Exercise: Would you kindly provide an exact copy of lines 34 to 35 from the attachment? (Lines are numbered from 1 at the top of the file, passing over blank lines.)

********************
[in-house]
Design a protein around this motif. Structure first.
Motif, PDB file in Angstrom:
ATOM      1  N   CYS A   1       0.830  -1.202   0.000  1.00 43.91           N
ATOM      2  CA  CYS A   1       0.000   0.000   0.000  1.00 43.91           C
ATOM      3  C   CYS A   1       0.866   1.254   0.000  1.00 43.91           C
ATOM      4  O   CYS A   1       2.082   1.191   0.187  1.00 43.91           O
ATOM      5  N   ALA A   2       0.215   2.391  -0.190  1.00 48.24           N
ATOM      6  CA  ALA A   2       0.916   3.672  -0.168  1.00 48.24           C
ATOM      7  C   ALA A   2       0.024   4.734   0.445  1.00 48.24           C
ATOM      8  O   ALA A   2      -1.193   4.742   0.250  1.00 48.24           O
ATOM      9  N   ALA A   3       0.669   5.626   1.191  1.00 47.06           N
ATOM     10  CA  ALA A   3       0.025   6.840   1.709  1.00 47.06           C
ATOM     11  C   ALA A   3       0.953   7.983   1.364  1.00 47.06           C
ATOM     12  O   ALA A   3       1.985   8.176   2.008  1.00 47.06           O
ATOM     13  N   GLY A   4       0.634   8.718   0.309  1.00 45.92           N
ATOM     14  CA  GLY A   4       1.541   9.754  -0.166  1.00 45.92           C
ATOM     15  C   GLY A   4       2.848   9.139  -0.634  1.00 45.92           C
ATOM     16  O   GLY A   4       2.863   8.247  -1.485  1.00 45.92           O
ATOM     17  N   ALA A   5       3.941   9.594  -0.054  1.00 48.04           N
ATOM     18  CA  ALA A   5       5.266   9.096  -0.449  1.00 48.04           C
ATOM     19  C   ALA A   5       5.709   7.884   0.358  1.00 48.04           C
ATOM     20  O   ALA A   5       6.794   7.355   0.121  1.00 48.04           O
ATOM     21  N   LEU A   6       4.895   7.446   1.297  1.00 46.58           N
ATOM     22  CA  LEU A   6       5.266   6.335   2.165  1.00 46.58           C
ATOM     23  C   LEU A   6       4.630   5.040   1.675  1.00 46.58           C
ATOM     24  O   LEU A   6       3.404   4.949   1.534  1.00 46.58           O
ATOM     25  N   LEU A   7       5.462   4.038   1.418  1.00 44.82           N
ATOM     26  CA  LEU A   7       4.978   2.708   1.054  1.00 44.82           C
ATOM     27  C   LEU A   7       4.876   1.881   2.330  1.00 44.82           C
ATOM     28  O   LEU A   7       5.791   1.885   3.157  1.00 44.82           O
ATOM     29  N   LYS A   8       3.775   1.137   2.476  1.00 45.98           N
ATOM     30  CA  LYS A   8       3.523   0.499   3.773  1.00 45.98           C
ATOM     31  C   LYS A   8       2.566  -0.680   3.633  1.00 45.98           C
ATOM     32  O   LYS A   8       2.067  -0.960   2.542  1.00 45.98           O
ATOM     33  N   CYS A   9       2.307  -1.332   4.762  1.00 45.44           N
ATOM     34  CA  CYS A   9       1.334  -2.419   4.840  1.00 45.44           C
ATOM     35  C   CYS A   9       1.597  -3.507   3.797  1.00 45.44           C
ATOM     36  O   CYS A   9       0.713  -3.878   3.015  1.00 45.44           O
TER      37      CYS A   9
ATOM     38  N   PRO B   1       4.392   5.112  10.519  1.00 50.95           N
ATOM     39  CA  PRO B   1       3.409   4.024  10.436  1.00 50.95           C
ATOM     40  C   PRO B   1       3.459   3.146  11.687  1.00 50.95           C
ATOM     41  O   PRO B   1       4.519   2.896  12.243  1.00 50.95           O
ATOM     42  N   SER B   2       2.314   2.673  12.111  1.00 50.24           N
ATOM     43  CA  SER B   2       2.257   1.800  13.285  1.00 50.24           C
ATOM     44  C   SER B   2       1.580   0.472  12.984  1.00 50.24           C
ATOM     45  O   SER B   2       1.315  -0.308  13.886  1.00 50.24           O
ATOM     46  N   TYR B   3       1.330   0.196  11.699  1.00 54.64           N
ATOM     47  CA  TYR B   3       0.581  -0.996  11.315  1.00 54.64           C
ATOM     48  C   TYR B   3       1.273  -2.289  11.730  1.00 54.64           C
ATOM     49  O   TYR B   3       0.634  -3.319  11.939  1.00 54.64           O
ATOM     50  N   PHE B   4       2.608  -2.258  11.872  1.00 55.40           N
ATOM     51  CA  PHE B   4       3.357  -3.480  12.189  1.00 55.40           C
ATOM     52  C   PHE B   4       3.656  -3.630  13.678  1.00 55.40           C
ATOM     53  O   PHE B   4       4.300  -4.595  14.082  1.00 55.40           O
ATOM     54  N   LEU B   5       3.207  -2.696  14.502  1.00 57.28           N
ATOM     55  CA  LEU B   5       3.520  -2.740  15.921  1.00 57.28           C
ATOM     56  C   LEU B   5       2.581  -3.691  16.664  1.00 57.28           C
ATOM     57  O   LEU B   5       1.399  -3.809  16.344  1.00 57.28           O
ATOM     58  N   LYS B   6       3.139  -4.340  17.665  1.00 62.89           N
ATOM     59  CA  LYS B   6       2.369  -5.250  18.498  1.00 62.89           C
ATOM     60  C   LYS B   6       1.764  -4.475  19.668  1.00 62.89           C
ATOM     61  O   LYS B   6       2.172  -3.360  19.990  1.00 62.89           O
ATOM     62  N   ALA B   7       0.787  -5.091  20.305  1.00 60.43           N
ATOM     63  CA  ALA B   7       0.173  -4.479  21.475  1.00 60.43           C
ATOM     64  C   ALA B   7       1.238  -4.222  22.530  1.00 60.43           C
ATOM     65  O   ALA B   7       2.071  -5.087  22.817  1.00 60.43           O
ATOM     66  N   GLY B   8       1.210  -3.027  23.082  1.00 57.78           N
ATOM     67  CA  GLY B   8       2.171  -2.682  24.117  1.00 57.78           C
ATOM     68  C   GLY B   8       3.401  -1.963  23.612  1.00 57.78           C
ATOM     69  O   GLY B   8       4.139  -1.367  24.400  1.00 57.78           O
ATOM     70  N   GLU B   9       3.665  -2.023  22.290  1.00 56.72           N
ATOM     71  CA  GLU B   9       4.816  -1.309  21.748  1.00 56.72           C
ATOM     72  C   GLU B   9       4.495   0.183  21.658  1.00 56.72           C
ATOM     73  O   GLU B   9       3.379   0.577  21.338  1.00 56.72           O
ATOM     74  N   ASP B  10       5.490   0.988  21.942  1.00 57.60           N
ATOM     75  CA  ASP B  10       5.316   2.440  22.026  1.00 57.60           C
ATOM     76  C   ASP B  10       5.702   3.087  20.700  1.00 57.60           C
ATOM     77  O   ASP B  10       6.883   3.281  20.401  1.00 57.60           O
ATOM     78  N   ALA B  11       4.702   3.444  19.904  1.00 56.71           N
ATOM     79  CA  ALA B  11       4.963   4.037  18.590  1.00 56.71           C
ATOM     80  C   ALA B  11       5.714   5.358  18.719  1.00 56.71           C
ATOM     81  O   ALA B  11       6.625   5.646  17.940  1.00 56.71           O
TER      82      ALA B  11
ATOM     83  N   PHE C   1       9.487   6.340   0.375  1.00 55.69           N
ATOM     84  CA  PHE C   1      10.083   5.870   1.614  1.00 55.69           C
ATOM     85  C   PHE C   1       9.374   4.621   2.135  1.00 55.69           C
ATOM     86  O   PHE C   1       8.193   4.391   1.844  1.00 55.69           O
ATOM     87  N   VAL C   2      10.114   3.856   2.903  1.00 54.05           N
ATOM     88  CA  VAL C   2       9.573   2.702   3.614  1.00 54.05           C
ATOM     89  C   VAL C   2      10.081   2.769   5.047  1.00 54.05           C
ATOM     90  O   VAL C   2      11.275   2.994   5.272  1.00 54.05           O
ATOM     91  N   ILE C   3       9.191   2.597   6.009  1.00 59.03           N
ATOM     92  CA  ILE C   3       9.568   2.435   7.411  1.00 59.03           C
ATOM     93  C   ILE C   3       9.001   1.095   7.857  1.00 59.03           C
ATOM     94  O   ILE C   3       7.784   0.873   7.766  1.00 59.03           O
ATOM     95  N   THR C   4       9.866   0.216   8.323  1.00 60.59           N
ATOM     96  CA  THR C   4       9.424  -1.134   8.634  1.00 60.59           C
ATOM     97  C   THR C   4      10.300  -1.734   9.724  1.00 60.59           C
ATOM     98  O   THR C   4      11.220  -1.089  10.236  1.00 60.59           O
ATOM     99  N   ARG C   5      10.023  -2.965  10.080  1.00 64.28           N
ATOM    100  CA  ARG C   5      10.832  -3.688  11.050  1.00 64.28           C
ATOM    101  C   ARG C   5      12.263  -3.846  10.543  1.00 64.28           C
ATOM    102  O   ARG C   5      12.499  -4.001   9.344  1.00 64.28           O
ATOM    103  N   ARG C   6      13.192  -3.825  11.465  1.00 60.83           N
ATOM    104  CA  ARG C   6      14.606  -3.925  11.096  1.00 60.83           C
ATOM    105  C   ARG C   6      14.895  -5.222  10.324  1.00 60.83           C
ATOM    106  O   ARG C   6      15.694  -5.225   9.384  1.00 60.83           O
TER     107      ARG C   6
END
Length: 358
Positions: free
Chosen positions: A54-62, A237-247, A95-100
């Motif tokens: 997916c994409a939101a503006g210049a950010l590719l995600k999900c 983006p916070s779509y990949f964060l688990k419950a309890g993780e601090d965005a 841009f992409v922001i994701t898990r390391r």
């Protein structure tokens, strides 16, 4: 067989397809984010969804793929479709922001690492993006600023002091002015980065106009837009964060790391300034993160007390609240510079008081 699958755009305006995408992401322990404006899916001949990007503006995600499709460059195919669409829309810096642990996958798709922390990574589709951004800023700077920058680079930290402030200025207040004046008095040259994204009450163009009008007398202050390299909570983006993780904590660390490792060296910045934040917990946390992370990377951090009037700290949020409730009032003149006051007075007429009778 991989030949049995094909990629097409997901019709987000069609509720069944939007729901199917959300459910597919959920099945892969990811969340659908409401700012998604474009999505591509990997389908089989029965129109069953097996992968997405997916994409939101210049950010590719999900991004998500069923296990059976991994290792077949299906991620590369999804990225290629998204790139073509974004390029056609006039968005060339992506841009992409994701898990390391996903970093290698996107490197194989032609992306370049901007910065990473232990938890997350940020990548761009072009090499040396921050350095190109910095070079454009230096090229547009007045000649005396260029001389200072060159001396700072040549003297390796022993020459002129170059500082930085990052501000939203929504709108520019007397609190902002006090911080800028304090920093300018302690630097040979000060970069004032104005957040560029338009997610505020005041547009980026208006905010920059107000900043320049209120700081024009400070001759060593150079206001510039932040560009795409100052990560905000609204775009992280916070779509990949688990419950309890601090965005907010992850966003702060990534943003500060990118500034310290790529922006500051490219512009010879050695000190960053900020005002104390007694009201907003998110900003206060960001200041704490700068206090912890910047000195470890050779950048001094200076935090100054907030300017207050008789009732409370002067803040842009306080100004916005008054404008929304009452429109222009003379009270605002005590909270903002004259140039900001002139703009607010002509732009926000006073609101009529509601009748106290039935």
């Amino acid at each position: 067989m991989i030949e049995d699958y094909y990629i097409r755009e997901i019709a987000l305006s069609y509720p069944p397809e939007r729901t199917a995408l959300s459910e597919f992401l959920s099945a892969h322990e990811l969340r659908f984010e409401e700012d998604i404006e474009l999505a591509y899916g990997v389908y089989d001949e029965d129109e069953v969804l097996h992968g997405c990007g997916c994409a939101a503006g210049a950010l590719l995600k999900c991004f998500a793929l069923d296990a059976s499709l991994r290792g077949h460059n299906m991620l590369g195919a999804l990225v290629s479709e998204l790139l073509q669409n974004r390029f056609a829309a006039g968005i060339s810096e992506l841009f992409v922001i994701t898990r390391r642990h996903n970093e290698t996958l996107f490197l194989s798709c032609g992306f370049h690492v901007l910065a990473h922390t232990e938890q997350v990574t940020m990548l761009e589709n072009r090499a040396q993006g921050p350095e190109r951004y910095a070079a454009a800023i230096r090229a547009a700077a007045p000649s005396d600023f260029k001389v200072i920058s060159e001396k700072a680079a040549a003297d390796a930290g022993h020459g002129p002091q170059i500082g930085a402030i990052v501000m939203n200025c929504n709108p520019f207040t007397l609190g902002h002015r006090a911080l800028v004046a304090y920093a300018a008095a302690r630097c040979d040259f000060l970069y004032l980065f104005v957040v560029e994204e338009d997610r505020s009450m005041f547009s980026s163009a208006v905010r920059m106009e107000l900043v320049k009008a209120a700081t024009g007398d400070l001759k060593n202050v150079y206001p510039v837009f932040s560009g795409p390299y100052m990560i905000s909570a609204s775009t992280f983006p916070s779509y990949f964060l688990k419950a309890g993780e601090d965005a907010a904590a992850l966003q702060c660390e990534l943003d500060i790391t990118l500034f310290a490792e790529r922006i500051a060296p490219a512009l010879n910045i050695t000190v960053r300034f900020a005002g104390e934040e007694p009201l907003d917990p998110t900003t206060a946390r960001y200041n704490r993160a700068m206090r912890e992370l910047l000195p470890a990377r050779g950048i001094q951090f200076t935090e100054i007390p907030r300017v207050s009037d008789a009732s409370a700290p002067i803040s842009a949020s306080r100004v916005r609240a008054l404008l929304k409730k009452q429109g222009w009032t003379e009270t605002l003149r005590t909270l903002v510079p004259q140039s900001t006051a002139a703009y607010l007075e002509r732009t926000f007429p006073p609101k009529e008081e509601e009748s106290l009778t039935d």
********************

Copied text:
ATOM     31  C   LYS A   8       2.566  -0.680   3.633  1.00 45.98           C
ATOM     32  O   LYS A   8       2.067  -0.960   2.542  1.00 45.98           O